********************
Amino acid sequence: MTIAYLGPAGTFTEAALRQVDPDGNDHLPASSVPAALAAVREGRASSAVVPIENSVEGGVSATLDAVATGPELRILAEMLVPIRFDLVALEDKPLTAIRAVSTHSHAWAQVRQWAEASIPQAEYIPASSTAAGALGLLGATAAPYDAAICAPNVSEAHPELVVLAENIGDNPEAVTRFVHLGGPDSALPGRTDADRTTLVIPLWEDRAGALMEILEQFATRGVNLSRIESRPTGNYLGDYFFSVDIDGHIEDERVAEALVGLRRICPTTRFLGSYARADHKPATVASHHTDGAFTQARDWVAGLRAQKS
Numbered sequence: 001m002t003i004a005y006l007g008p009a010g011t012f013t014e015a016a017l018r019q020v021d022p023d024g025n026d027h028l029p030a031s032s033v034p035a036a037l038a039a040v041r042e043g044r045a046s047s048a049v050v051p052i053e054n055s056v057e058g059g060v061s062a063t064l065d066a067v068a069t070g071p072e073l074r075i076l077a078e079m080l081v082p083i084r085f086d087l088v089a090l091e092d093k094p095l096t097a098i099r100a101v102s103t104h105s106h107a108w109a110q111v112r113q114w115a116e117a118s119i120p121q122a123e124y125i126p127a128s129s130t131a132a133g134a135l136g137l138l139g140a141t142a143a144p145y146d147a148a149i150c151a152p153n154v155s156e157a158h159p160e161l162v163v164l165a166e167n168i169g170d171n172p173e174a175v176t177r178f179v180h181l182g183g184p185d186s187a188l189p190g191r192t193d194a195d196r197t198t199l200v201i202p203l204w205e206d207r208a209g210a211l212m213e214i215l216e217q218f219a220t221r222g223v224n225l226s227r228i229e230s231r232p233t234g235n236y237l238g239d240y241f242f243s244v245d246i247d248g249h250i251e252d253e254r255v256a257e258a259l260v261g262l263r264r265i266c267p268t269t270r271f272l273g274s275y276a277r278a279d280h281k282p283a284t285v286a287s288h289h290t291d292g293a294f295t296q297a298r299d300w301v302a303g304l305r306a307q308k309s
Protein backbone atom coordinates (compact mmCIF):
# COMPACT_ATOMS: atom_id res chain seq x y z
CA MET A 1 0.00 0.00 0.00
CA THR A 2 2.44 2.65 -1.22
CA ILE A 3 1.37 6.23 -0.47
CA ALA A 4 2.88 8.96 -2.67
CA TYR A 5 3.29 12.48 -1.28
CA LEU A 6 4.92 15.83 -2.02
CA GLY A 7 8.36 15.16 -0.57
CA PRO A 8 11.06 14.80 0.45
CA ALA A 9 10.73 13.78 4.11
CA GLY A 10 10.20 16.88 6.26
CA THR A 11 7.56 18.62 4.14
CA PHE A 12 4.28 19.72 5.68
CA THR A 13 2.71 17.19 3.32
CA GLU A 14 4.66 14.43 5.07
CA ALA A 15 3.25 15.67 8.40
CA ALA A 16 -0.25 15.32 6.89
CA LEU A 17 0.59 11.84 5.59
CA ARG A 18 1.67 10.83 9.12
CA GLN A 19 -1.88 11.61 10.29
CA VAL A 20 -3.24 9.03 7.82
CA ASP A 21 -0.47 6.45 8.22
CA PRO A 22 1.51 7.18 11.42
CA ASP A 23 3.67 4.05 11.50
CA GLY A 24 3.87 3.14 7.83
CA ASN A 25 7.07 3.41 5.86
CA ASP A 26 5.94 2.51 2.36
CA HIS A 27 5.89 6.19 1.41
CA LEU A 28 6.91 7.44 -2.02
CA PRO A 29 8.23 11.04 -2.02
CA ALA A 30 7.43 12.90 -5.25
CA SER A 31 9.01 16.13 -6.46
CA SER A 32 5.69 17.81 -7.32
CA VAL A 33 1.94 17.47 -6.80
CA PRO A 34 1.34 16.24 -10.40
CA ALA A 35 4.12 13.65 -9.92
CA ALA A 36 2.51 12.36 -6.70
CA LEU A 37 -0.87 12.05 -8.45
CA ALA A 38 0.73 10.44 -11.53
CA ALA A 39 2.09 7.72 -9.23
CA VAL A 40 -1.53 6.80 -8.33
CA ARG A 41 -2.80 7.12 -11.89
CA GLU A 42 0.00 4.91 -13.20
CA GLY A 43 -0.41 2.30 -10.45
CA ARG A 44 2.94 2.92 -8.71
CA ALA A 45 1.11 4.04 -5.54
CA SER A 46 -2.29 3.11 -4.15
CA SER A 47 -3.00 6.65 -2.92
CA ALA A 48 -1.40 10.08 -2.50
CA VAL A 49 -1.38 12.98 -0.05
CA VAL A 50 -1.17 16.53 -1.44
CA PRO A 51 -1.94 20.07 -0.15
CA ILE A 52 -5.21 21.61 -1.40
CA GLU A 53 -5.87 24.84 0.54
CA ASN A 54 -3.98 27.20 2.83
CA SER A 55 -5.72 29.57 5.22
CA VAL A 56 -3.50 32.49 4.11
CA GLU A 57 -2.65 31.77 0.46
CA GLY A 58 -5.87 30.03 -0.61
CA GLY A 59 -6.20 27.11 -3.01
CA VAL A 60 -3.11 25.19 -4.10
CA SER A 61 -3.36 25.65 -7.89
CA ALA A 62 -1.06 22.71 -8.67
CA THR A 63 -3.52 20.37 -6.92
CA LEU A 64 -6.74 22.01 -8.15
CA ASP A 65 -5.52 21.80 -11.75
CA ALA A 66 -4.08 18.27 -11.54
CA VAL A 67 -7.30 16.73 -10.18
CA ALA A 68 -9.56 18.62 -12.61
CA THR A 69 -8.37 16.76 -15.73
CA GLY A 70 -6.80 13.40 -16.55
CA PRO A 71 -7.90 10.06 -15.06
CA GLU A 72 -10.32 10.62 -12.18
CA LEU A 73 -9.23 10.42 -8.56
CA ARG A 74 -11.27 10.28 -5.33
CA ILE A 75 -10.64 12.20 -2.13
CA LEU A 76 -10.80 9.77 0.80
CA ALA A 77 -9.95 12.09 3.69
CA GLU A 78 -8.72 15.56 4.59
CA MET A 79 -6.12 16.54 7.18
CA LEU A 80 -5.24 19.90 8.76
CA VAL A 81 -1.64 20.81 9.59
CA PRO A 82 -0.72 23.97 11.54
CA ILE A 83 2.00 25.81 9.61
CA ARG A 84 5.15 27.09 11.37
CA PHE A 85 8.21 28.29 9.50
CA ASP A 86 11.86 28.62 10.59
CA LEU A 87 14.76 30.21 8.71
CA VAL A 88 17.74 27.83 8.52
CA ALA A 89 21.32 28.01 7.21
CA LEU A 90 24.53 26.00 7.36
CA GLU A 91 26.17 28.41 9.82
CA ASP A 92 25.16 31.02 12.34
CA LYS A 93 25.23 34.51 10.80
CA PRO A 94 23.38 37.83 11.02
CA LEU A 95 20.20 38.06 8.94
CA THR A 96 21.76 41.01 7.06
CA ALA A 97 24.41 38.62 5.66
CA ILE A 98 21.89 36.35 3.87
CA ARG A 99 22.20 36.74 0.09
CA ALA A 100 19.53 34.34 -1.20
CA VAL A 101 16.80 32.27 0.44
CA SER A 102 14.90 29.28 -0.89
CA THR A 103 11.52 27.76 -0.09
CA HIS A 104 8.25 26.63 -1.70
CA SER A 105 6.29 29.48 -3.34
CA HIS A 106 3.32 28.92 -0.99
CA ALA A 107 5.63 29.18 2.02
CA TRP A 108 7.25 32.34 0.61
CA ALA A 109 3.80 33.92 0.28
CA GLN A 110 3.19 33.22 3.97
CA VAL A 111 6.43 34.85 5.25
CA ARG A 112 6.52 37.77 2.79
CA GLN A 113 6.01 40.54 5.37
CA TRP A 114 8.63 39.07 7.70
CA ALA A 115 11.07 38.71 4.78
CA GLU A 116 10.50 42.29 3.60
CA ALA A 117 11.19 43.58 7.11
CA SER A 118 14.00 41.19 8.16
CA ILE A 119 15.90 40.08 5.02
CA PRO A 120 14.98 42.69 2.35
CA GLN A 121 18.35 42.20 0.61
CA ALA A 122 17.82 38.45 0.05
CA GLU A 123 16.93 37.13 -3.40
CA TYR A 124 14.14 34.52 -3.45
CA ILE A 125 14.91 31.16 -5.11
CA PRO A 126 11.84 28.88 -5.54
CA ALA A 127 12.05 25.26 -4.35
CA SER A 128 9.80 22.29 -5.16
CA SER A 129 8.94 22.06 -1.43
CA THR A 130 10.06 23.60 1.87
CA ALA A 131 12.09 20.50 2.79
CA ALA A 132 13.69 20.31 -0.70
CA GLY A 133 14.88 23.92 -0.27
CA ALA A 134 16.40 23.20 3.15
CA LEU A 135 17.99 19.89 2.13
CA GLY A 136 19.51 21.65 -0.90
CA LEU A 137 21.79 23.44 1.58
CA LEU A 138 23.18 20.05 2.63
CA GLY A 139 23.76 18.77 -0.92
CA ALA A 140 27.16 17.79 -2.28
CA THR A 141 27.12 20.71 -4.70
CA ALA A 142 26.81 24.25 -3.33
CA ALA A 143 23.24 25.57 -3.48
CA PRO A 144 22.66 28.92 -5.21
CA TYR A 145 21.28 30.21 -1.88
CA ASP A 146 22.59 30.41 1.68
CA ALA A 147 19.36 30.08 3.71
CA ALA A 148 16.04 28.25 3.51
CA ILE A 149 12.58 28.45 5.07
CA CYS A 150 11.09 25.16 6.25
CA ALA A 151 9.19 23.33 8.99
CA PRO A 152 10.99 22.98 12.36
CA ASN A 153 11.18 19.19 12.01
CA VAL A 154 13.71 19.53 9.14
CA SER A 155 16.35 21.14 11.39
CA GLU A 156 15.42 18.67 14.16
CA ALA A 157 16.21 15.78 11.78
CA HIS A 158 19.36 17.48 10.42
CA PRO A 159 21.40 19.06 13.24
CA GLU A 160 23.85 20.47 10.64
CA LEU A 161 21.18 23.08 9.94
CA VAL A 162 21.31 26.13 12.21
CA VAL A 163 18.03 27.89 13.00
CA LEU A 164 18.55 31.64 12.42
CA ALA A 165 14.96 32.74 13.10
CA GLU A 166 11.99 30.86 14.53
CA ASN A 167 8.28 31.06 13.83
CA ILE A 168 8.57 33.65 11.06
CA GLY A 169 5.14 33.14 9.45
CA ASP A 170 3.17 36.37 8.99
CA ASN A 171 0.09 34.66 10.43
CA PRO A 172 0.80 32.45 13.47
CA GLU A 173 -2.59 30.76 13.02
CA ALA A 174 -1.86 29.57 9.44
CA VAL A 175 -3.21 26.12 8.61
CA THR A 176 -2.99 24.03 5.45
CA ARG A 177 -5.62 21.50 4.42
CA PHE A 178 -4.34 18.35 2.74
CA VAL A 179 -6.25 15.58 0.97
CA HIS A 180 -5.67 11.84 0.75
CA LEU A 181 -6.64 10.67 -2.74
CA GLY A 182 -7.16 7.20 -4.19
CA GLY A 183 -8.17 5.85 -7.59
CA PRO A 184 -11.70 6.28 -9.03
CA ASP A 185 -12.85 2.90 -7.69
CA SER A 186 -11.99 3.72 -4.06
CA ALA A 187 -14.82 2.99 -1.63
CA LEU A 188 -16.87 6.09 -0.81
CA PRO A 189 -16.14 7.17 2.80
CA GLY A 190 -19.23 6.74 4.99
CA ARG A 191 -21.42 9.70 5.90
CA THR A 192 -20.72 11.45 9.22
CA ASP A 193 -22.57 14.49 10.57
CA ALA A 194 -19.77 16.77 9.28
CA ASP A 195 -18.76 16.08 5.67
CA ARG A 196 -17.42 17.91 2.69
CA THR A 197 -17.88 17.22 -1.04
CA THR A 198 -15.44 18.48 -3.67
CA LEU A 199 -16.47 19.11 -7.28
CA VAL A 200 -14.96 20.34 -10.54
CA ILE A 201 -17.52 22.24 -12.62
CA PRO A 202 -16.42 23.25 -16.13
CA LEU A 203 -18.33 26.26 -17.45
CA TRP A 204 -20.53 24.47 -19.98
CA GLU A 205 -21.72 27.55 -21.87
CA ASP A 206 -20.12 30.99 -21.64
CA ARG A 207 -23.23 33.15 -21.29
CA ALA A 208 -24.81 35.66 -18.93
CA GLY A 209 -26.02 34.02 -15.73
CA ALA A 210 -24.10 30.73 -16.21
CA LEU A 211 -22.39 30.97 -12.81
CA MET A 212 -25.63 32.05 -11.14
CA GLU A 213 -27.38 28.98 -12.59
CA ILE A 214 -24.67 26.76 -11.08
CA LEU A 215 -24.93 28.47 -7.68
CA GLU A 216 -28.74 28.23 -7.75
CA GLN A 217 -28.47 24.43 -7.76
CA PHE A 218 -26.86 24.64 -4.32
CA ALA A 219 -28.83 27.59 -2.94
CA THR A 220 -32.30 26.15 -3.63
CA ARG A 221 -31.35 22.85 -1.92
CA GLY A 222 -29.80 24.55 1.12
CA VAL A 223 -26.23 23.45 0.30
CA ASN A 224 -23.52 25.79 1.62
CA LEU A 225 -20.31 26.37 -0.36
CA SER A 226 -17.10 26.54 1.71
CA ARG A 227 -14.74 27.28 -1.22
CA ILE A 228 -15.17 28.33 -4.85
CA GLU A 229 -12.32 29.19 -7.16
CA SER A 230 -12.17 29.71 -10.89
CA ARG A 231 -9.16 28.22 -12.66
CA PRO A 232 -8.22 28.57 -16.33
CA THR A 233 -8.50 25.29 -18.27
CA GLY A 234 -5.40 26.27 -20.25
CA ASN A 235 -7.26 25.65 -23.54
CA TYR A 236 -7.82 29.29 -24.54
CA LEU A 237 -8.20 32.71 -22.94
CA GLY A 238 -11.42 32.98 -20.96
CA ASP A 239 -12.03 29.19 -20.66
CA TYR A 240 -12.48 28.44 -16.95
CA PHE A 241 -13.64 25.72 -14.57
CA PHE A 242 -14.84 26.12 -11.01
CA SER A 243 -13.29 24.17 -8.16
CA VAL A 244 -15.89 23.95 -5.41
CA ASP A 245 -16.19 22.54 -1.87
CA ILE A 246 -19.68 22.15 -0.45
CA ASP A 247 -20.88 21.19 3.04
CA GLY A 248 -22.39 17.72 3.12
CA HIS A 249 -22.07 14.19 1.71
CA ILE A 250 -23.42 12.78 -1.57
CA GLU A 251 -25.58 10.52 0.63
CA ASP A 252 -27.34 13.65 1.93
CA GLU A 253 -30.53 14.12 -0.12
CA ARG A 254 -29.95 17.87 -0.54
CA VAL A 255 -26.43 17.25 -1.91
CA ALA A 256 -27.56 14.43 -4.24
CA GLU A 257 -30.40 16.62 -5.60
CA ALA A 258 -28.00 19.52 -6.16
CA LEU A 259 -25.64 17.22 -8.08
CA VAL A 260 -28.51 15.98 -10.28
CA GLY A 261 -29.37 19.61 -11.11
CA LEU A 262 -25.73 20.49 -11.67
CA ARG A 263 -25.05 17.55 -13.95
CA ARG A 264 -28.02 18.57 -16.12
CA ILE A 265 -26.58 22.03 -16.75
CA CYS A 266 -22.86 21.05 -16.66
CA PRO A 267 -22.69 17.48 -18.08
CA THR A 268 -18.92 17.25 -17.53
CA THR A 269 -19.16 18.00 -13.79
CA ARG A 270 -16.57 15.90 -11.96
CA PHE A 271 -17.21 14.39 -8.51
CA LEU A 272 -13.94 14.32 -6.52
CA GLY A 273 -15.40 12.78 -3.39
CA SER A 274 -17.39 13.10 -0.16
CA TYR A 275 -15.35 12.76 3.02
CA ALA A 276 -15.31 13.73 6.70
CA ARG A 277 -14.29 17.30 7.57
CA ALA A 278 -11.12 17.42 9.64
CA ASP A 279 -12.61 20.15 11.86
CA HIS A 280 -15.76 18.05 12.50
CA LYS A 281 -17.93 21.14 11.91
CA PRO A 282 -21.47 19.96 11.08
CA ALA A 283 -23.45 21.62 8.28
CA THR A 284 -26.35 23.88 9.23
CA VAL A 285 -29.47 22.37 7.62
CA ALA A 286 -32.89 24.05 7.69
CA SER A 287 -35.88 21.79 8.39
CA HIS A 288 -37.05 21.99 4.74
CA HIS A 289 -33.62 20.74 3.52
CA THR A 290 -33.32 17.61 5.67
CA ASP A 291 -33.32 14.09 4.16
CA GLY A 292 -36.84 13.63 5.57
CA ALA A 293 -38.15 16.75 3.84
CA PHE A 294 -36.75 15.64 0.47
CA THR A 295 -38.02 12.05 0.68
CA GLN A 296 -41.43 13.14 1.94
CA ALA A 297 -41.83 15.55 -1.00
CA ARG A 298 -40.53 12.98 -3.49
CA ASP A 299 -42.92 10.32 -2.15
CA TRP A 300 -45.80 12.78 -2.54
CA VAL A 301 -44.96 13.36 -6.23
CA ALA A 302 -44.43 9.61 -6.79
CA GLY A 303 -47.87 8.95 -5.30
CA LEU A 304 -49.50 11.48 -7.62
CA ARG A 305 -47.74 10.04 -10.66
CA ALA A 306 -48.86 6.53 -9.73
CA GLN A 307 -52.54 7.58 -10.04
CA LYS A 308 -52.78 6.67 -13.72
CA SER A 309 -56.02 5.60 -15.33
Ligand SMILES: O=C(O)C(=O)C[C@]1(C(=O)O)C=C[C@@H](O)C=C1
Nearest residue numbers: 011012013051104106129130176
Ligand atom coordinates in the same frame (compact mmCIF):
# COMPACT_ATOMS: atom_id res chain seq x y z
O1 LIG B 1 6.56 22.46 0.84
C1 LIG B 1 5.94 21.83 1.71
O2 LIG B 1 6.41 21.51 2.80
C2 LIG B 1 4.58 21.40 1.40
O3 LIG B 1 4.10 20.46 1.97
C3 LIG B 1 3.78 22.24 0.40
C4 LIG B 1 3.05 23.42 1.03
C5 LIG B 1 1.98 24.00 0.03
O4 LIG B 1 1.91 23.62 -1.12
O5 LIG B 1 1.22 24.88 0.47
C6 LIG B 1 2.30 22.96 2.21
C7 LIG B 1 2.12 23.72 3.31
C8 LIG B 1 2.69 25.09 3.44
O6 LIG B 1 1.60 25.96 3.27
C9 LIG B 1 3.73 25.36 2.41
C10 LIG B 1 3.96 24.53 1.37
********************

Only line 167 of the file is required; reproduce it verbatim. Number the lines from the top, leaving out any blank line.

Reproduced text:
CA VAL A 163 18.03 27.89 13.00